Kate Kernan, MD, MFA, Selected as a Scholar in the PCCTSD Program
Assistant professor Kate Kernan, MD, MFA, is one of three physician-scientists from across the United States selected as a 2020 Scholar in the prestigious Pediatric Critical Care and Trauma Scientist Development Program (PCCTSDP). The program is funded by the Eunice Kennedy Shriver National Institute of Child Health and Human Development (NICHD), which provides two-year K12 grants to scholars. Dr. Kernan’s research will test the hypothesis that rare immunologically active variants predispose children to acquiring life-threatening infection and developing sepsis-related organ dysfunction.
“Kate is taking a novel, targeted approach to next generation gene sequencing technology to unlock the genetic underpinnings that impact outcome in severe sepsis,” said Robert Clark, MD, who is vice chair of Pediatric Critical Care Medicine at UPMC Children’s Hospital of Pittsburgh (CHP). “Her work has the potential to identify individualized interventions for children vulnerable to the consequences of severe sepsis and to begin life-saving treatment much earlier.”
Specifically, Dr. Kernan’s grant aims to define the cumulative incidence of monogenic inborn errors of immunity (IEI) in genes encoding aspects of coagulation, inflammation and innate and adaptive immunity in a cohort of nearly 330 severe pediatric sepsis patients. Along with colleagues, Dr. Kernan intends to determine if rare IEI are associated with specific patient characteristics including laboratory profile, organ failure pattern, cytokine response or long-term outcome.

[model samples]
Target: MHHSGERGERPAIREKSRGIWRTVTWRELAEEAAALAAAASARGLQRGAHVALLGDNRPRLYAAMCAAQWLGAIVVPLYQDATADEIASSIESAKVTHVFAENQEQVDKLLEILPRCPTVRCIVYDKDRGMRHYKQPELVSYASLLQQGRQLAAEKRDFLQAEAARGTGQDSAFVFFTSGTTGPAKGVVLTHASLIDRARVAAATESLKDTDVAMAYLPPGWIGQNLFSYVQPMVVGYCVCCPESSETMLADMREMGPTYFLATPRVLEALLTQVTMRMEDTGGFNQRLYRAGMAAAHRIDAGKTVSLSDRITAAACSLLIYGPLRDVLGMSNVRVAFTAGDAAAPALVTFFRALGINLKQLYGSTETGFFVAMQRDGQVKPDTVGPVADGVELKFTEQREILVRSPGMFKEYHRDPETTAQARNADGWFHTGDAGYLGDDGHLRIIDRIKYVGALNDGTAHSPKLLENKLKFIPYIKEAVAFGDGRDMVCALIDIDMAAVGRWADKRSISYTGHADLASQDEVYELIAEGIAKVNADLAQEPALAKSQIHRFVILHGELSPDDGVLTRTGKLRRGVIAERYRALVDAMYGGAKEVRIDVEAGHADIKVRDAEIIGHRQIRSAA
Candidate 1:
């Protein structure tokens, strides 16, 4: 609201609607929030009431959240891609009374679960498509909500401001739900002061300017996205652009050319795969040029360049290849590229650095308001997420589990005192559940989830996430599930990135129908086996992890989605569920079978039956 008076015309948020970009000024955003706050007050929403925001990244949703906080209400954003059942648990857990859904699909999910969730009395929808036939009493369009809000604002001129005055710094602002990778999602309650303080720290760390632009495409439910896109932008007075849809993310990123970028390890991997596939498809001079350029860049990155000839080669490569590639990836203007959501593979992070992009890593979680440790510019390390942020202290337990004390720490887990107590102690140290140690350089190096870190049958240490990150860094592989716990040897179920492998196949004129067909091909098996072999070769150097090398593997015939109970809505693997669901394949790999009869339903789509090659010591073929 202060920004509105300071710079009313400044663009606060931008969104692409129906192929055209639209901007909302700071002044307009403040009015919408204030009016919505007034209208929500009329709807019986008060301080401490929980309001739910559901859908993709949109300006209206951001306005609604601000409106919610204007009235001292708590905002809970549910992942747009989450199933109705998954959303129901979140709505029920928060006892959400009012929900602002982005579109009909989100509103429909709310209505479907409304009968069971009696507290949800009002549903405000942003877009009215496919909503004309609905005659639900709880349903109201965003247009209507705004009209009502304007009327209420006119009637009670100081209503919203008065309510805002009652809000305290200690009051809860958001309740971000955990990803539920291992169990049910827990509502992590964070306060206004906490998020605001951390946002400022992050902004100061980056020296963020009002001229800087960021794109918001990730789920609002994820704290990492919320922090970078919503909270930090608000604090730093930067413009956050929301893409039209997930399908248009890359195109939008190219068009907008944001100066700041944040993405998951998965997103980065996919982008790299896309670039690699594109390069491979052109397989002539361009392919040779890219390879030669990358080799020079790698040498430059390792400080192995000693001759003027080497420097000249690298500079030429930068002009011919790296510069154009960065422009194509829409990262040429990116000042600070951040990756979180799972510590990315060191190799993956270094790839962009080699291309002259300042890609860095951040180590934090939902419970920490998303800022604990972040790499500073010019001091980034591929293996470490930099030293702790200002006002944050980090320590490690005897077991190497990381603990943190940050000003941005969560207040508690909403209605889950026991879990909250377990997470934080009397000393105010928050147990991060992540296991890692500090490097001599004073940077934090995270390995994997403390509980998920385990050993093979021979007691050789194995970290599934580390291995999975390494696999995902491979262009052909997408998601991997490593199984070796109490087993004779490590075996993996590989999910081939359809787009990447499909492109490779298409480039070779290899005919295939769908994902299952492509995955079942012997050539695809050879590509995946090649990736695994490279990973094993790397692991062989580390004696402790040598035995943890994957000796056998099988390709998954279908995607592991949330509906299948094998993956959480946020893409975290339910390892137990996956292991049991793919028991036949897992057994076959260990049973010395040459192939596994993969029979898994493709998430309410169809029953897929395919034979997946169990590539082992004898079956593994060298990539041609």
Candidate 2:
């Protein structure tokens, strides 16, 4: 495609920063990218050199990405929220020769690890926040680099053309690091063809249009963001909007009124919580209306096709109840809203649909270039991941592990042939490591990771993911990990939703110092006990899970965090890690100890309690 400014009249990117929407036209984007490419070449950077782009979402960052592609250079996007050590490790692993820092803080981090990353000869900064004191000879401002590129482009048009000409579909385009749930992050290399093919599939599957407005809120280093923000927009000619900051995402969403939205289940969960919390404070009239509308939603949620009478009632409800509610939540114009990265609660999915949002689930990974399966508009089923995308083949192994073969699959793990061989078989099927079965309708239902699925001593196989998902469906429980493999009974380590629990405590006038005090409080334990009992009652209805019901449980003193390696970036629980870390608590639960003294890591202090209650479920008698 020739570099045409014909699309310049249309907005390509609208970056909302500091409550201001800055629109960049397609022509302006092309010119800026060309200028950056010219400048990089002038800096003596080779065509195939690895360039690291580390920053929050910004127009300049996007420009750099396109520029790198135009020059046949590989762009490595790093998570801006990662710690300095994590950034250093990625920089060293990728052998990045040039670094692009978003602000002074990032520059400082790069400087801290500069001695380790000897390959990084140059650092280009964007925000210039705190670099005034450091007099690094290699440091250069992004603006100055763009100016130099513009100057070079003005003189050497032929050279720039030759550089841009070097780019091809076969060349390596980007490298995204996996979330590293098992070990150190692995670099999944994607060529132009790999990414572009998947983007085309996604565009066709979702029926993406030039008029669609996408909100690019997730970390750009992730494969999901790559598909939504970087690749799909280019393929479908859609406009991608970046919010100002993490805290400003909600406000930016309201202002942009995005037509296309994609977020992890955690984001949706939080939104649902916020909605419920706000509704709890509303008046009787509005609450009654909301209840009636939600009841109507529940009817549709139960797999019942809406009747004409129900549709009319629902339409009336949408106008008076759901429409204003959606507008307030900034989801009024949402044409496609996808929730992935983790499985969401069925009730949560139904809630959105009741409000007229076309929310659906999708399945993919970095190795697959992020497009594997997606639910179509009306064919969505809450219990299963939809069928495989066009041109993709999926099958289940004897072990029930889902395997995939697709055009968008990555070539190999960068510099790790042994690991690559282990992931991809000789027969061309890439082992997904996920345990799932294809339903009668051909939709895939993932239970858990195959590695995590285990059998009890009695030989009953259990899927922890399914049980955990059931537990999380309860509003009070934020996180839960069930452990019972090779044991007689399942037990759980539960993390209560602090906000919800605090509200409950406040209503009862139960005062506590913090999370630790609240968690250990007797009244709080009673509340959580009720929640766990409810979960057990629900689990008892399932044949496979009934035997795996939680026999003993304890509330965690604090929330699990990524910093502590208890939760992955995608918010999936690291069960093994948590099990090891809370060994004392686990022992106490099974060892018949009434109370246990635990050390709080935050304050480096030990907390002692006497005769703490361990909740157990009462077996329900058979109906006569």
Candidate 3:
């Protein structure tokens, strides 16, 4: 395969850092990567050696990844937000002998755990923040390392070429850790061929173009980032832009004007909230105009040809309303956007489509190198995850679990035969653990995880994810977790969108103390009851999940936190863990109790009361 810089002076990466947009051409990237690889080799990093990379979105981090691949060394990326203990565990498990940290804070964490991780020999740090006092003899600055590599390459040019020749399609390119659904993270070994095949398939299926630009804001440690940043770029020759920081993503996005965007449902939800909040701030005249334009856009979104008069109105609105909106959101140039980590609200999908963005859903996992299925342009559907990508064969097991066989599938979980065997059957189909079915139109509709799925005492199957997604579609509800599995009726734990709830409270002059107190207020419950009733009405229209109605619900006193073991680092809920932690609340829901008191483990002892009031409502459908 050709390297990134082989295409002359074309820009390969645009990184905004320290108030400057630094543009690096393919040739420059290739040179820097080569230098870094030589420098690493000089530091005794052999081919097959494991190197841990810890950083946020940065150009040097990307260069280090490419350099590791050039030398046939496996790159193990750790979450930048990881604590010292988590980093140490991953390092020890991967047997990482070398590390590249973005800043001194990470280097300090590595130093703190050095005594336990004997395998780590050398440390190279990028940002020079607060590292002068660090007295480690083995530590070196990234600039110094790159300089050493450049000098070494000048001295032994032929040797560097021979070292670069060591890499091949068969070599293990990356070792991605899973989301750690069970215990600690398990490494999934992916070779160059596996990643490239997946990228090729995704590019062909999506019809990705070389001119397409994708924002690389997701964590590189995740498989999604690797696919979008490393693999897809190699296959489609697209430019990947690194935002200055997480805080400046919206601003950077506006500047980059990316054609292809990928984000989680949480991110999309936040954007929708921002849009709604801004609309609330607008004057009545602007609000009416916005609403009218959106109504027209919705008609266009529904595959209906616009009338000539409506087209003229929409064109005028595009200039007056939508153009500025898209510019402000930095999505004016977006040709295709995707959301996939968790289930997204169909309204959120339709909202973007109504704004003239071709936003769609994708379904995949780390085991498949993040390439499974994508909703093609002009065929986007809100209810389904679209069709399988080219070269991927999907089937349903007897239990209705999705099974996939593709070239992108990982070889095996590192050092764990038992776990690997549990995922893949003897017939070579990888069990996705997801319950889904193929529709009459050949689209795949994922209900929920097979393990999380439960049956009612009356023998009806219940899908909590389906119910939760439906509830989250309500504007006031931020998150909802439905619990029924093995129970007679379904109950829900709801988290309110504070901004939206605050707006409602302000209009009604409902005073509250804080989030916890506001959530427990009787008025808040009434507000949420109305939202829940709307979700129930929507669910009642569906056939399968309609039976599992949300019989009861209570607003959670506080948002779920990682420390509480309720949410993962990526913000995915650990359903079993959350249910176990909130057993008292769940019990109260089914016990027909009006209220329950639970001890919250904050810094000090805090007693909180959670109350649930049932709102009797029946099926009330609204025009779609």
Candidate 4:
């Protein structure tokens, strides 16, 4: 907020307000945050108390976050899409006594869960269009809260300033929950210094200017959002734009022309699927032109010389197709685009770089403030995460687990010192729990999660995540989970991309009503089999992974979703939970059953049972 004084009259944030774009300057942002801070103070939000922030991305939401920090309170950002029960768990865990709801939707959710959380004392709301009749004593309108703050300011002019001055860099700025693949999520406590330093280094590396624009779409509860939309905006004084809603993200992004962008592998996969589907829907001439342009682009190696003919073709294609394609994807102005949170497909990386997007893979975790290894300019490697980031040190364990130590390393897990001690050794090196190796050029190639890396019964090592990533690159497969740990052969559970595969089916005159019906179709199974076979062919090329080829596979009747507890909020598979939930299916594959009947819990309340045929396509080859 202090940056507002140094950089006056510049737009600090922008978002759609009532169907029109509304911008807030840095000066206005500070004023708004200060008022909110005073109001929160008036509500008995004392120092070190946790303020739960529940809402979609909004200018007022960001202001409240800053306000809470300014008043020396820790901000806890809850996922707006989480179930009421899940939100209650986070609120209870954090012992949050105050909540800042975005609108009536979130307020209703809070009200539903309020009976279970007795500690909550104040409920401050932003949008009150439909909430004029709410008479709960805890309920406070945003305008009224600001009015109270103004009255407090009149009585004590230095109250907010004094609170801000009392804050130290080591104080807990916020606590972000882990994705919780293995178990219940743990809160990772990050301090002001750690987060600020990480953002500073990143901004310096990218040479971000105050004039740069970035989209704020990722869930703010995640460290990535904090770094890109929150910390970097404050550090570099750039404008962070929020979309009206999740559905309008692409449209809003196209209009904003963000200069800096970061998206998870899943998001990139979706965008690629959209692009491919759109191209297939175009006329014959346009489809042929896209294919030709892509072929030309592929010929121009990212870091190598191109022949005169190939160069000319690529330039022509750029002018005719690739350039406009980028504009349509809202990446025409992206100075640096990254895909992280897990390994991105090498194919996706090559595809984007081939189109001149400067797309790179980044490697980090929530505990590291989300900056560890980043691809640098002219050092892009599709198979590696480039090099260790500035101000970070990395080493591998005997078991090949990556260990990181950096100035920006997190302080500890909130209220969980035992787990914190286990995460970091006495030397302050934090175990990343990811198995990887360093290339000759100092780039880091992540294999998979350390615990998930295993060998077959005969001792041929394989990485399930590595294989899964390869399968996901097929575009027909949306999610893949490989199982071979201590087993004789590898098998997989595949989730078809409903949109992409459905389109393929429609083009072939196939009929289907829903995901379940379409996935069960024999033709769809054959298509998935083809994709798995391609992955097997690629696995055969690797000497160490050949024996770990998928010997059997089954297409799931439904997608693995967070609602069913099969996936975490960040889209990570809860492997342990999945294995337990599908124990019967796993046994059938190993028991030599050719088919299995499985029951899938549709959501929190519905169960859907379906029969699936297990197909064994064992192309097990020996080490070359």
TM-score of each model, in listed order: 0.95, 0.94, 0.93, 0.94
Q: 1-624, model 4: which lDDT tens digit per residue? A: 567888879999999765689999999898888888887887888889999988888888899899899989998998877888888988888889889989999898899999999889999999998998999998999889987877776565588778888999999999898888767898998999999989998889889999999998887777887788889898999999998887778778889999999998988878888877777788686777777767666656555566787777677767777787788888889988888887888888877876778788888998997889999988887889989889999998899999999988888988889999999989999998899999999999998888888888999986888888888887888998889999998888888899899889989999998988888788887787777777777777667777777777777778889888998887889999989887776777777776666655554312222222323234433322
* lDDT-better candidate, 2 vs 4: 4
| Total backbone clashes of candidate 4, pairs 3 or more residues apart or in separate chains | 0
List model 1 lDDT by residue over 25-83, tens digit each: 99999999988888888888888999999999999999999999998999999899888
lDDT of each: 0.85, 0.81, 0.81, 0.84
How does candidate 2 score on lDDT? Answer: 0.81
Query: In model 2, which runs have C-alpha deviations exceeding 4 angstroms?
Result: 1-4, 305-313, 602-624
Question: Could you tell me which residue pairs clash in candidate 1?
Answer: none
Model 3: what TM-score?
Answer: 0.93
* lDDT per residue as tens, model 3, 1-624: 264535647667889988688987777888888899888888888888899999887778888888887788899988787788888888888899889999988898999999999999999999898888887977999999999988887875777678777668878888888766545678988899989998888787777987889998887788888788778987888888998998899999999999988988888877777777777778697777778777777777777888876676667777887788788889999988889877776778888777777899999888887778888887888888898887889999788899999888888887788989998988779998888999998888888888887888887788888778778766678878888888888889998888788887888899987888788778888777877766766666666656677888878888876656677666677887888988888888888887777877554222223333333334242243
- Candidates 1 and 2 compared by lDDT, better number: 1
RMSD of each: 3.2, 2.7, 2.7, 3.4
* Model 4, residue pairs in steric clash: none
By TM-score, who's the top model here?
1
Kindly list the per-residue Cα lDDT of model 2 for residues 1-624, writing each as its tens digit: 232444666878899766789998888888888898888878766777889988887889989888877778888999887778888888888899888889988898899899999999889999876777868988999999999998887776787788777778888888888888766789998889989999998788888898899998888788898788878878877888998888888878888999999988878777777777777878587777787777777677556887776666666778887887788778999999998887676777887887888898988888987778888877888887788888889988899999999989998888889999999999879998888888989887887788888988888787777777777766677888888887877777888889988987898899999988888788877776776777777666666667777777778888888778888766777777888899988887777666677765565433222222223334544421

She has conscripted a first-rate and complementary mentorship team that includes Joseph Carcillo, MD (primary mentor) and John Kellum, MD from the Department of Critical Care Medicine as well as Jerry Vockley, MD, PhD, division chief of Clinical Genetics, director of Rare Disease Research, and Endowed Cleveland Family Chair of Pediatric Research, and Scott Canna, MD from the departments of Rheumatology and Immunology, they are both from CHP; and Hyun Jung Park, PhD, a computer scientist in the Department of Human Genetics at the Graduate School of Public Health.
The PCCTSDP is a national faculty training program—based at the University of Utah—that develops successful pediatric critical care and pediatric trauma physician scientists. Its goal is to increase the number of highly trained, successfully funded, and sustainable pediatric critical care and pediatric trauma physician-scientists who will conduct research to enhance the scientific understanding, clinical management, and long-term outcome of critical illness and trauma in children.
Dr. Kernan joined the Department of Critical Care Medicine in 2018 after completing her Pediatric Critical Care Medicine fellowship at UPMC Children’s Hospital of Pittsburgh. She completed residency in Pediatrics at St. Louis Children’s Hospital, and graduated with an MD from the University of Pennsylvania, a Master of Fine Arts from New England College, and BA in Biology from the College of the Holy Cross.